Last month, I noticed that Oyster Cracker was not herself. She seemed to be under the weather and not herself. She was almost 6 years old and has had bad days since Sunshine passed almost 6 months ago. The first clue that something was wrong was that she did not roost with the others in her usual spot. She tried to sleep in the nesting box. The next night she ended up on the lower roost where no one sleeps. She was just off. By the next morning, I decided that I needed to do some detective work. So, I set out to figure out just what was wrong. As a chicken keeper, there are lots of things that you can do to help determine what might be wrong with your chicken. I also realized that writing a post on how to examine a chicken might be useful for others.
I knew that the day would eventually come.
I buried her underneath a beautiful hosta that still has not emerged from its winter slumber yet.
A few weeks ago, I said goodbye to my last original chicken, Oyster Cracker. It was one of the most difficult things that I had ever done. I guess it is why it took so long for me to write this post.
Last week, I was off to the Country Living Fair Nashville. I had a blast speaking about backyard chickens and beekeeping. I got to meet lots of peeps and sign a bunch of my books too! I just adore going to these fairs because to me, it is like a little slice of heaven. The people at the Country Living Fairs are sweet and kind and make you feel good about the world we are in. It is country living for sure, just like the pages of the magazine come to life.
When the baby chicks were little, I could not believe the amount of dust that they generated. I had no idea why and initially chalked it up to the brooder’s bedding. However, I noticed that as they grew in size so did the dust. I was still using the same amount of pine shavings in the brooder for bedding, so why more dust? It surely could not be solely from the pine shavings and I was right. It was from the chickens themselves. The majority of the dust was coming from them.
Keeping a flock of backyard chickens while raising children is, in my opinion, one of the most wonderful things that you can do as a family. Kids and chickens go hand in hand. From the fresh eggs to life’s lessons, I don’t think that you can chose a better pet. Did I mention that they also make you breakfast? Today, I thought I ‘d share some tips for those of you getting started with a family flock. Keeping chickens with kids is an amazing adventure.
A few weeks ago, I was in Texas speaking at the Mother Earth News Fair in Belton, Texas. When I finally looked at the map, I realized that Waco was less than an hour away. I was going to have to make a trip to Chip and Joanna Gaine’s Magnolia Market silos. As a big fan of Fixer Upper, I too was curious to see what the silos were all about. I actually caught the episode where Joanna first shared her silo dreams with Chip, and it was surreal to be so close to their latest endeavor.
Scientists have shown that speaking to plants can be a good thing. Plants respond positively to music, engaging them in conversation, and even touch. A few years ago, an article came out that discussed plant intelligence. I was fascinated. But even if you aren’t a plant scientist, there is something to be learned even by the person who, dare I say has a brown thumb. You see to me, plants speak volumes. You just have to know how to “listen”.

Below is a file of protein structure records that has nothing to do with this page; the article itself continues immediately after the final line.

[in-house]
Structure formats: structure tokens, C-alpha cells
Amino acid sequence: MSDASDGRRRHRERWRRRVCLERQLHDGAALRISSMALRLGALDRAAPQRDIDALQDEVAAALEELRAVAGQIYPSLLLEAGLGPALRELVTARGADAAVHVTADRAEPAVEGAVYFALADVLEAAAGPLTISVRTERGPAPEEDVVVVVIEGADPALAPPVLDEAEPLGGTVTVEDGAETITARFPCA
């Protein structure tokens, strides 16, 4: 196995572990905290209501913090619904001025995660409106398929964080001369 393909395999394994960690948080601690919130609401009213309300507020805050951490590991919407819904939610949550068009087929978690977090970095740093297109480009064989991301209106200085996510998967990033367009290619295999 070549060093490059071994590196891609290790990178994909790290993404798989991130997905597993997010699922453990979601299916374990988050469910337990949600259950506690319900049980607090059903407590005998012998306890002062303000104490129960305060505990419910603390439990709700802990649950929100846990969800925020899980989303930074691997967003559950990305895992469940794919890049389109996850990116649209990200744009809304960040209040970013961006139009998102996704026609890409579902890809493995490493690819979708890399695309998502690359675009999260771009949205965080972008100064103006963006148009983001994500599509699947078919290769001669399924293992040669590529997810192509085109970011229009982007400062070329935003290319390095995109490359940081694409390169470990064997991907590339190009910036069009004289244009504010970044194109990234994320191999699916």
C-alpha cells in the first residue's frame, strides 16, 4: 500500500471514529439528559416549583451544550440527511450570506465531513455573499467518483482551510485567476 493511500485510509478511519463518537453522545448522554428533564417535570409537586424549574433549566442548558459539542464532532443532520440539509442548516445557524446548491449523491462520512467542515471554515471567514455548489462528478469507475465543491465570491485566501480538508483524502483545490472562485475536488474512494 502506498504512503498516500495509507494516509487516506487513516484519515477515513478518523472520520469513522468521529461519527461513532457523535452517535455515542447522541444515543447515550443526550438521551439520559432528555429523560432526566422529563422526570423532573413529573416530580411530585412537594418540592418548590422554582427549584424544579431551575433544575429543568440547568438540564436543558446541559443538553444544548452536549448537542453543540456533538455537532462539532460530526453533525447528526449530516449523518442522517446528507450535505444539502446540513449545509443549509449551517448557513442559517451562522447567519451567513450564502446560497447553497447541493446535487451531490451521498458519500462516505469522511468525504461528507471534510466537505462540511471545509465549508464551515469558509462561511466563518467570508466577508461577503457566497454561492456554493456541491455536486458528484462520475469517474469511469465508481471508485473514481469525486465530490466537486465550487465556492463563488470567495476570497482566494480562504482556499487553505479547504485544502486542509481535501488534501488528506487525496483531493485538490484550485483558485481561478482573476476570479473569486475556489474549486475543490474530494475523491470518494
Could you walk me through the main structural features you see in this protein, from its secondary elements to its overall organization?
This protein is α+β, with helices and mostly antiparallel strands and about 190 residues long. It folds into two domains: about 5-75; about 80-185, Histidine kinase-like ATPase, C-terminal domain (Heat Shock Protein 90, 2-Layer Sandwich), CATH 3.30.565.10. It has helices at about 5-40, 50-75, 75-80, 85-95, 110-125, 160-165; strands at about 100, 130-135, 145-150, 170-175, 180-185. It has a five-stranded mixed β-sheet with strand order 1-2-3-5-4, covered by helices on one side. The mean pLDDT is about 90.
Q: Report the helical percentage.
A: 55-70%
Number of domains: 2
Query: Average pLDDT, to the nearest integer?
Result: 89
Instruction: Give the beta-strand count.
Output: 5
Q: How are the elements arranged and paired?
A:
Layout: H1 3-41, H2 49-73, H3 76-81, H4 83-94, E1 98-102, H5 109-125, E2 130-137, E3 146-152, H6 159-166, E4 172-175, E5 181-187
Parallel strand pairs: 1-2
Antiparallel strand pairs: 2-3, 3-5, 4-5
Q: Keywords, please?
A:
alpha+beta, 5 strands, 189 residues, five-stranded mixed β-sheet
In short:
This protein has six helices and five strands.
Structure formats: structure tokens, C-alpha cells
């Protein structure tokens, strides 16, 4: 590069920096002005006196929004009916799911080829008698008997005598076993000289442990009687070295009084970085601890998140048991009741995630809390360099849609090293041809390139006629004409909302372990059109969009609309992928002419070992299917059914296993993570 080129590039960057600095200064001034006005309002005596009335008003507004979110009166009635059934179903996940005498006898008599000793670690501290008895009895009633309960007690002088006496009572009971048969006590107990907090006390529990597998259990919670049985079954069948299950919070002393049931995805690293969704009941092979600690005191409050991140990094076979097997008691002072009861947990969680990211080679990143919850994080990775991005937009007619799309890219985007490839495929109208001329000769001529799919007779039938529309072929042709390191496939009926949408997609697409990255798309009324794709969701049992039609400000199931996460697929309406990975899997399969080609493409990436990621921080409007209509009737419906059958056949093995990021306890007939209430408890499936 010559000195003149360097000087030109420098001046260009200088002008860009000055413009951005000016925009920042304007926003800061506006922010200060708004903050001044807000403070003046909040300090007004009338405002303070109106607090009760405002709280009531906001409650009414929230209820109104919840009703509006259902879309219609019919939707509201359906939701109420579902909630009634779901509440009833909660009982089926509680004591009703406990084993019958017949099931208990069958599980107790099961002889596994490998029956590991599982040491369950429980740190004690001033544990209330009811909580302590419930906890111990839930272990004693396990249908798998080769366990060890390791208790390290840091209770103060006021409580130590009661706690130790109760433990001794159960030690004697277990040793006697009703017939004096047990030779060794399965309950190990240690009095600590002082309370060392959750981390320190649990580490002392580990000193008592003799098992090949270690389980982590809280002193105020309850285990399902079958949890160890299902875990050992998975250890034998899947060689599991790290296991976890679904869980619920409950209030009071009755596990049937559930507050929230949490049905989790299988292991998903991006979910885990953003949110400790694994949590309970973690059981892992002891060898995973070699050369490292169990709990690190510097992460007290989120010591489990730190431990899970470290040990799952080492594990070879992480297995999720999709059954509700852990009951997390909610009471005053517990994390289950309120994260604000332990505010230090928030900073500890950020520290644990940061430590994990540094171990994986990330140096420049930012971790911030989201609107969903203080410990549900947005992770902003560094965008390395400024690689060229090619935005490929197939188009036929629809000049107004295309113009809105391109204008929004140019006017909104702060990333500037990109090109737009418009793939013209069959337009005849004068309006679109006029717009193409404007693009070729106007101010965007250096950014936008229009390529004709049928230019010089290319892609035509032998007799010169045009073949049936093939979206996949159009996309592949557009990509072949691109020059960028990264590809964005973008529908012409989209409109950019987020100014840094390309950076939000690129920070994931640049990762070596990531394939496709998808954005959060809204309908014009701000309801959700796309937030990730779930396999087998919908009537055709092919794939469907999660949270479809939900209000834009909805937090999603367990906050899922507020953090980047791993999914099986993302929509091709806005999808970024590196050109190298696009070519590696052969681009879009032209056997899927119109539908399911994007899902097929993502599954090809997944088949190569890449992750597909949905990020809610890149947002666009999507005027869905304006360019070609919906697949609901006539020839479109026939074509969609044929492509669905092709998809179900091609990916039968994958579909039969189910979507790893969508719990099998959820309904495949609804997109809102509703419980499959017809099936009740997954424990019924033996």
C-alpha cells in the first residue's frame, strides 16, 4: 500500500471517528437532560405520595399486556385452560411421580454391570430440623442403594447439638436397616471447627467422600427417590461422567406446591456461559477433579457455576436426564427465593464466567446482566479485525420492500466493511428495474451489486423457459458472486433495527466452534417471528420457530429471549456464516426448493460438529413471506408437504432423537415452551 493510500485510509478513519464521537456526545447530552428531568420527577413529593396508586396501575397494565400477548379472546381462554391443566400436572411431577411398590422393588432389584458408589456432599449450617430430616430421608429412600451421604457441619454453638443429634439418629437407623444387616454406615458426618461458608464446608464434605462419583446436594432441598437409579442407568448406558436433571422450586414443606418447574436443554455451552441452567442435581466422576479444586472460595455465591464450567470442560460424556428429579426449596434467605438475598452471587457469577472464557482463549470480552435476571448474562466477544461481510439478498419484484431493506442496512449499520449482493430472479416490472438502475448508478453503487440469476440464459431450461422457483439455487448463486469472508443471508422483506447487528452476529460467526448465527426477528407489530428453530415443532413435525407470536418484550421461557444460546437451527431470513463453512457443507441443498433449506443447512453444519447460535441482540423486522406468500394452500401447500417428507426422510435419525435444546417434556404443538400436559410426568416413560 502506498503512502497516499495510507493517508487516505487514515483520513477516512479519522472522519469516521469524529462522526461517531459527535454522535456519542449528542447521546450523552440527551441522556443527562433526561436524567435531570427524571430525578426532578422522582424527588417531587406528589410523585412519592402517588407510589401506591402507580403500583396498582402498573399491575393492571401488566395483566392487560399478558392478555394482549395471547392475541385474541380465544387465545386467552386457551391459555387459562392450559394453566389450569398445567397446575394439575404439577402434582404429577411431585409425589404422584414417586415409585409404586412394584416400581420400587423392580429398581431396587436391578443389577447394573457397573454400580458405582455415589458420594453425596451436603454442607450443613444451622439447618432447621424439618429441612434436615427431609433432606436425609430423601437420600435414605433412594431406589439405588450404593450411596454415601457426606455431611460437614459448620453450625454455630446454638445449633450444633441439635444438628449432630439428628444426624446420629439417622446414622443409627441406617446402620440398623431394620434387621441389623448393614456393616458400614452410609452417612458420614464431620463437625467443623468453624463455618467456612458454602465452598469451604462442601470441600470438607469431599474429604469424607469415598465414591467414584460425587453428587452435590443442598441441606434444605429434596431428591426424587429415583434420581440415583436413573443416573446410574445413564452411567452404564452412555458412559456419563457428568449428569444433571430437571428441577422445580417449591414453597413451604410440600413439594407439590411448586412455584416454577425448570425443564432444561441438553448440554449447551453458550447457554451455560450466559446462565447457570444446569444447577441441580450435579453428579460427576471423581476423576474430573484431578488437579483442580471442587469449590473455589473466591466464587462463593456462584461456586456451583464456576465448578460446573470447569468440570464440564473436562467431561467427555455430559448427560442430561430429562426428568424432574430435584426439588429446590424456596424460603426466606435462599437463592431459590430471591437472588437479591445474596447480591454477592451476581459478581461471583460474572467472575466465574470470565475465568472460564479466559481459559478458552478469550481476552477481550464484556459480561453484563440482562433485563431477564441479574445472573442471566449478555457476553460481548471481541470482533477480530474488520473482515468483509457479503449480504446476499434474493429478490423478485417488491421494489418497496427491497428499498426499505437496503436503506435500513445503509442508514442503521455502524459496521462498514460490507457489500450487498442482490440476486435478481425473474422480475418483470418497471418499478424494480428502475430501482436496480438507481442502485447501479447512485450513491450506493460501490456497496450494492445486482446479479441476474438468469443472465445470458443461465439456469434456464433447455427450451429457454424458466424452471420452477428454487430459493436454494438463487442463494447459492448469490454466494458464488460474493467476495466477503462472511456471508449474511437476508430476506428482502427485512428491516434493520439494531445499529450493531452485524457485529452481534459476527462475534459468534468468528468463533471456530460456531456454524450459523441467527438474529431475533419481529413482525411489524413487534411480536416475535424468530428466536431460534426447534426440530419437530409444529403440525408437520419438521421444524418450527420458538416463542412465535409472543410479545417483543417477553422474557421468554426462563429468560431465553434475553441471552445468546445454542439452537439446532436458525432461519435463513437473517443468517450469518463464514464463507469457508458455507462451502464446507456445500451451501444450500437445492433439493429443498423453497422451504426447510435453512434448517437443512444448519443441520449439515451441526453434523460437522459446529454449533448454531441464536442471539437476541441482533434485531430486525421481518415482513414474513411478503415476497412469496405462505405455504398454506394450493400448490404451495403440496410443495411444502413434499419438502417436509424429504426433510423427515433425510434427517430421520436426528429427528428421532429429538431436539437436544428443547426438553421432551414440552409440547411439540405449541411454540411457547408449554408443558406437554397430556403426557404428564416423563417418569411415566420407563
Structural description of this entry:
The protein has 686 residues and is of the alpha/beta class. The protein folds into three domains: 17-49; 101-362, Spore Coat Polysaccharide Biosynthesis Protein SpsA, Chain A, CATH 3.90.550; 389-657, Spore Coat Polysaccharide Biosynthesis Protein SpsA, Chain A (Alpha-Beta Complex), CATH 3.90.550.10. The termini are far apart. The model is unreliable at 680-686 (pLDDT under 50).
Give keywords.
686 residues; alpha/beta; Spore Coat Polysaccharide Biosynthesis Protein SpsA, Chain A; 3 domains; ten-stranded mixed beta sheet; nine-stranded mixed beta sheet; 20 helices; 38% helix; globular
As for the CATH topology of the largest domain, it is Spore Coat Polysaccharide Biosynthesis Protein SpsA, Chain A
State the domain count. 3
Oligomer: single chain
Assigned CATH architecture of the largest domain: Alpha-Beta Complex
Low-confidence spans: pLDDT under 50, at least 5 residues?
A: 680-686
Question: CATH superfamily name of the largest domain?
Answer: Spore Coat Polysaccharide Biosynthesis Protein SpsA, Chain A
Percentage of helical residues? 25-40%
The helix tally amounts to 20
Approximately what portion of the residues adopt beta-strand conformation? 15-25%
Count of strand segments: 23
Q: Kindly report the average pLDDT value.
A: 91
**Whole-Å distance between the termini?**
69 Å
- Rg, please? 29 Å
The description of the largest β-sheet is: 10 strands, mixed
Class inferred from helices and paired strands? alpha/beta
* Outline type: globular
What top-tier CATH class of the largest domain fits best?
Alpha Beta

Ever since I was a little girl, I have been fascinated with the beauty of feathers. Often a rare find from walks in the woods, I always considered finding them good luck and a gift from the world of feathered friends. Over the years, I have collected hawk feathers, turkey feathers, backyard bird feathers and since keeping chickens, their feathers too. Today, I’m sharing how to create these gold feathers.
A few years ago, I think I shocked, surprised and even led some people to deem me a bit of a crazy chicken lady, when I decided to share that I could indeed understand and speak “chicken”. When I first wrote about it in 2011, it caused quite a bit of interest. NPR came to visit and even recorded me speaking to my flock. Over the years, I have gone on to continue sharing my non-scientific findings from an uncontrolled environment on my blog and in my first book. I dedicated pages to the art of speaking chicken in an effort to teach kids that listening is just as important as speaking. I also offered translations into what might be their first attempts at understanding “chicken”. I have discovered how chickens say goodnight, interpreted sounds from the brooder, discovered greetings, warning calls and rooster vocalizations. I guess you could say that since 2010 I have been listening, but apparently not closely enough. A few weeks ago, before I left to Washington, D.C., I realized that my flock has given me a chicken name.
A few days ago, a chicken with pinless peepers popped up in my newsfeed. Pinless peepers are these chicken-like glasses that block them from seeing directly what is in front of them. Chickens with these pinless peepers can still see to eat and drink. For the most part, they have had blinders put on them because of bad behavior. Some chicken keepers put these on those troublemaker hens. Usually it is as last ditch effort to prevent them from bullying or pecking at other flock members. Sometimes they work and sometimes they don’t. After watching these chickens with pinless peepers, you realize that sometimes life becomes a whole lot more interesting when you live with blinders on.